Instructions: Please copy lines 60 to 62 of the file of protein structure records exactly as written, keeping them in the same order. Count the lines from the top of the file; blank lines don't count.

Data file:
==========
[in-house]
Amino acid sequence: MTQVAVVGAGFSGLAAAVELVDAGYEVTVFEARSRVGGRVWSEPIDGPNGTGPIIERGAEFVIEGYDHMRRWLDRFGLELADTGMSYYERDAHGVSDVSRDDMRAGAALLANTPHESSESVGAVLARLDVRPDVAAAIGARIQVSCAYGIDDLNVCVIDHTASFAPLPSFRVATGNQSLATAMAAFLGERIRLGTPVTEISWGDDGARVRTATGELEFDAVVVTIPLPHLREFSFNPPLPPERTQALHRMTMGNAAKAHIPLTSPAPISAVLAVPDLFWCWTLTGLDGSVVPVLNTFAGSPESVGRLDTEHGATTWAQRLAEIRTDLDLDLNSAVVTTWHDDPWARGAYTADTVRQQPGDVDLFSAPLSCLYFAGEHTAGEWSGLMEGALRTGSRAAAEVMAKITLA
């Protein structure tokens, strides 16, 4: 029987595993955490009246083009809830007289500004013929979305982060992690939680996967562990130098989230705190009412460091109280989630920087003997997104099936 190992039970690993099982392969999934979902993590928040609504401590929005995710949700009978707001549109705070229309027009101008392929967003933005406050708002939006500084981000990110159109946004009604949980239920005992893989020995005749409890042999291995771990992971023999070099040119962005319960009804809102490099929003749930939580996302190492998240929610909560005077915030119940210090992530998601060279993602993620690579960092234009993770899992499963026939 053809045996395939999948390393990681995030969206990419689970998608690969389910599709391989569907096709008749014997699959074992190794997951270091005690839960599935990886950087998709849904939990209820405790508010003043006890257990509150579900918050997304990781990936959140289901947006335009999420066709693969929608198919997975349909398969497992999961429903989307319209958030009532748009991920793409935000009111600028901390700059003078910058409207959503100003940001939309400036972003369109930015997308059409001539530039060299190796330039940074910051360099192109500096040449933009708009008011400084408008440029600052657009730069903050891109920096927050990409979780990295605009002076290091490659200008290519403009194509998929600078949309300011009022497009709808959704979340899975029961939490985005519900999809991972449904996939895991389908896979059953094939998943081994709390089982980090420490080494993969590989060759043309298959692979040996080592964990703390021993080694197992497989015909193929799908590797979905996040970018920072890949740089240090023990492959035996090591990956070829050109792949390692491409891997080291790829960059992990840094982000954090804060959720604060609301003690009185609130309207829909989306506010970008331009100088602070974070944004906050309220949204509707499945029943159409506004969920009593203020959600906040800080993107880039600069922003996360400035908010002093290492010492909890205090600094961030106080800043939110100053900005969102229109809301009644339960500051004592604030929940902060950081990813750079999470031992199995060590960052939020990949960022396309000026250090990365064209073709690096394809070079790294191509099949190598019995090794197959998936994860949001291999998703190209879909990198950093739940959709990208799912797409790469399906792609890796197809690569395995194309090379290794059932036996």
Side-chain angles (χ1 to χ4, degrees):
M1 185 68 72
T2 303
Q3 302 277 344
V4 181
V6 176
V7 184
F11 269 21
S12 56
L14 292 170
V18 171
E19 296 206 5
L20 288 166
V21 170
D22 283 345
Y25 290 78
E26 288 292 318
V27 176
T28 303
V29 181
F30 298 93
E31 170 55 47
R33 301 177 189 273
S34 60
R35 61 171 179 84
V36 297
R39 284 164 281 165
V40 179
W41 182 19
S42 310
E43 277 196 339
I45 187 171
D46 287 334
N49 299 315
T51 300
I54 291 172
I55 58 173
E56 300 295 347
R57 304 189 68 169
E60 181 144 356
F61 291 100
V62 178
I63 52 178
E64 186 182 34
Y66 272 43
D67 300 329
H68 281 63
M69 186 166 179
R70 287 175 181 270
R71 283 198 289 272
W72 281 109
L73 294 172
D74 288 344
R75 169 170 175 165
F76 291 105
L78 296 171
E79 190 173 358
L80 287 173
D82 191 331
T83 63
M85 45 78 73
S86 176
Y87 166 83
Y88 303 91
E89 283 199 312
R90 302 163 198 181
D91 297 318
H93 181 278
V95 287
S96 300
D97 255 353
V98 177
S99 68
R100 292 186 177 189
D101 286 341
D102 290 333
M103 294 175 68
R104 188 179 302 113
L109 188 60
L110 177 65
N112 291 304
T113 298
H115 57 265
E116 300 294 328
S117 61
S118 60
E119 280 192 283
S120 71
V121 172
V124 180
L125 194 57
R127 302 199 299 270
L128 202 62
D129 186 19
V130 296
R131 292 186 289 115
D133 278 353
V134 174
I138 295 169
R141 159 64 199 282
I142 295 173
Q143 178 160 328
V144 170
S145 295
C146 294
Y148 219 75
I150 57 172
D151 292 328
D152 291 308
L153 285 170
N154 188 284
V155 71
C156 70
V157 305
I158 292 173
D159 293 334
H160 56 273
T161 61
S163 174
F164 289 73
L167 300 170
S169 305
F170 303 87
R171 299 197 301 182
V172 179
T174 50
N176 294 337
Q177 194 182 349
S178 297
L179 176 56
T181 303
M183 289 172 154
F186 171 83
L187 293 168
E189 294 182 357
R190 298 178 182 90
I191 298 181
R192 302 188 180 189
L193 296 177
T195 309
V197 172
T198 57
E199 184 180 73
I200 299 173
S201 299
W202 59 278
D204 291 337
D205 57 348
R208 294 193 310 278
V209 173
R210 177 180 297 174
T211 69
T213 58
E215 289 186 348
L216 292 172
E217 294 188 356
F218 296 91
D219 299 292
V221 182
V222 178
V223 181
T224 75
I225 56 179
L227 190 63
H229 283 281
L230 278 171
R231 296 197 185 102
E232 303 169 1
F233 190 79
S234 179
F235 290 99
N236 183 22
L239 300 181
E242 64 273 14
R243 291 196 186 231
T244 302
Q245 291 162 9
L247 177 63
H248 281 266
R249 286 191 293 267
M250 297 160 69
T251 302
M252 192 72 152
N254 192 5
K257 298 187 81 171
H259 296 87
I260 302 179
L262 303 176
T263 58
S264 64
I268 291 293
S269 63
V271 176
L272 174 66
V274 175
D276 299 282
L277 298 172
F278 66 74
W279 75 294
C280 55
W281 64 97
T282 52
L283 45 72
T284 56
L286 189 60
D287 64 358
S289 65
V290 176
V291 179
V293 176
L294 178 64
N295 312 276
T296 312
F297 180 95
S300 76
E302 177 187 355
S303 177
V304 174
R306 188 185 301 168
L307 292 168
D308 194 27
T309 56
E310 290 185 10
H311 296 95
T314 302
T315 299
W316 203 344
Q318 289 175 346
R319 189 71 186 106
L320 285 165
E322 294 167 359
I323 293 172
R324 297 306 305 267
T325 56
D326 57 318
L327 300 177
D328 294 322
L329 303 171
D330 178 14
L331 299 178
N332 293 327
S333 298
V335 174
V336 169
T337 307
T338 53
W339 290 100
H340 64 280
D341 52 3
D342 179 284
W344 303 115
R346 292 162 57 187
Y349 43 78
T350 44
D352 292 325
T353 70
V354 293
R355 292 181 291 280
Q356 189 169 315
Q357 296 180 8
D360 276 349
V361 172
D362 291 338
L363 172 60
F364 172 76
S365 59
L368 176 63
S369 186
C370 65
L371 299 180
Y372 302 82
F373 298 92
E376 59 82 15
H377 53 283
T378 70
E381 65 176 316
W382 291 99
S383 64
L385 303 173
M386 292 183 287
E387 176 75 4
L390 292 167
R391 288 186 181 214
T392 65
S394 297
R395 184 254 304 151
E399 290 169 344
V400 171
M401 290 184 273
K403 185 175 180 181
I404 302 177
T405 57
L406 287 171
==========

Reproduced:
E79 190 173 358
L80 287 173
D82 191 331